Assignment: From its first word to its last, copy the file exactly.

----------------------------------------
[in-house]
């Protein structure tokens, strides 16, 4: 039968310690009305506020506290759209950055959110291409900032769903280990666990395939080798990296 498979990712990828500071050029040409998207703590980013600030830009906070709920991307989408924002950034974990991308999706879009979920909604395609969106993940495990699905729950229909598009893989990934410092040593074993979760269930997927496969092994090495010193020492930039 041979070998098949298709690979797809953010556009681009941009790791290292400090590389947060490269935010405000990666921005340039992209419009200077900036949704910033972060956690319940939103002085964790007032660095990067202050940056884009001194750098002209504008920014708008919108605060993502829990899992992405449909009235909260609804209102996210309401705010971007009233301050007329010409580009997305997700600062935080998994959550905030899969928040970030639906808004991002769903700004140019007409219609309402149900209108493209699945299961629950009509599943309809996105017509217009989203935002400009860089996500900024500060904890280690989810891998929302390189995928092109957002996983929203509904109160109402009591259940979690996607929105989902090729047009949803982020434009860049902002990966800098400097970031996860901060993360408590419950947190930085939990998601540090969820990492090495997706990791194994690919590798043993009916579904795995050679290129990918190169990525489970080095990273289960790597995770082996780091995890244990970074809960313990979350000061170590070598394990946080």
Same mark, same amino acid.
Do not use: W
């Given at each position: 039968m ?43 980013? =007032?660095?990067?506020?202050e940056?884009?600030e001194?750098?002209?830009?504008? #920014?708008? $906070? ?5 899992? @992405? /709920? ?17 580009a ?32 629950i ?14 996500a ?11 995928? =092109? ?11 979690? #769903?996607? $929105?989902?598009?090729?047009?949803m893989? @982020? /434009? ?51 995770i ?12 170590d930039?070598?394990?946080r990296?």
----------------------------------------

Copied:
[in-house]
């Protein structure tokens, strides 16, 4: 039968310690009305506020506290759209950055959110291409900032769903280990666990395939080798990296 498979990712990828500071050029040409998207703590980013600030830009906070709920991307989408924002950034974990991308999706879009979920909604395609969106993940495990699905729950229909598009893989990934410092040593074993979760269930997927496969092994090495010193020492930039 041979070998098949298709690979797809953010556009681009941009790791290292400090590389947060490269935010405000990666921005340039992209419009200077900036949704910033972060956690319940939103002085964790007032660095990067202050940056884009001194750098002209504008920014708008919108605060993502829990899992992405449909009235909260609804209102996210309401705010971007009233301050007329010409580009997305997700600062935080998994959550905030899969928040970030639906808004991002769903700004140019007409219609309402149900209108493209699945299961629950009509599943309809996105017509217009989203935002400009860089996500900024500060904890280690989810891998929302390189995928092109957002996983929203509904109160109402009591259940979690996607929105989902090729047009949803982020434009860049902002990966800098400097970031996860901060993360408590419950947190930085939990998601540090969820990492090495997706990791194994690919590798043993009916579904795995050679290129990918190169990525489970080095990273289960790597995770082996780091995890244990970074809960313990979350000061170590070598394990946080």
Same mark, same amino acid.
Do not use: W
């Given at each position: 039968m ?43 980013? =007032?660095?990067?506020?202050e940056?884009?600030e001194?750098?002209?830009?504008? #920014?708008? $906070? ?5 899992? @992405? /709920? ?17 580009a ?32 629950i ?14 996500a ?11 995928? =092109? ?11 979690? #769903?996607? $929105?989902?598009?090729?047009?949803m893989? @982020? /434009? ?51 995770i ?12 170590d930039?070598?394990?946080r990296?």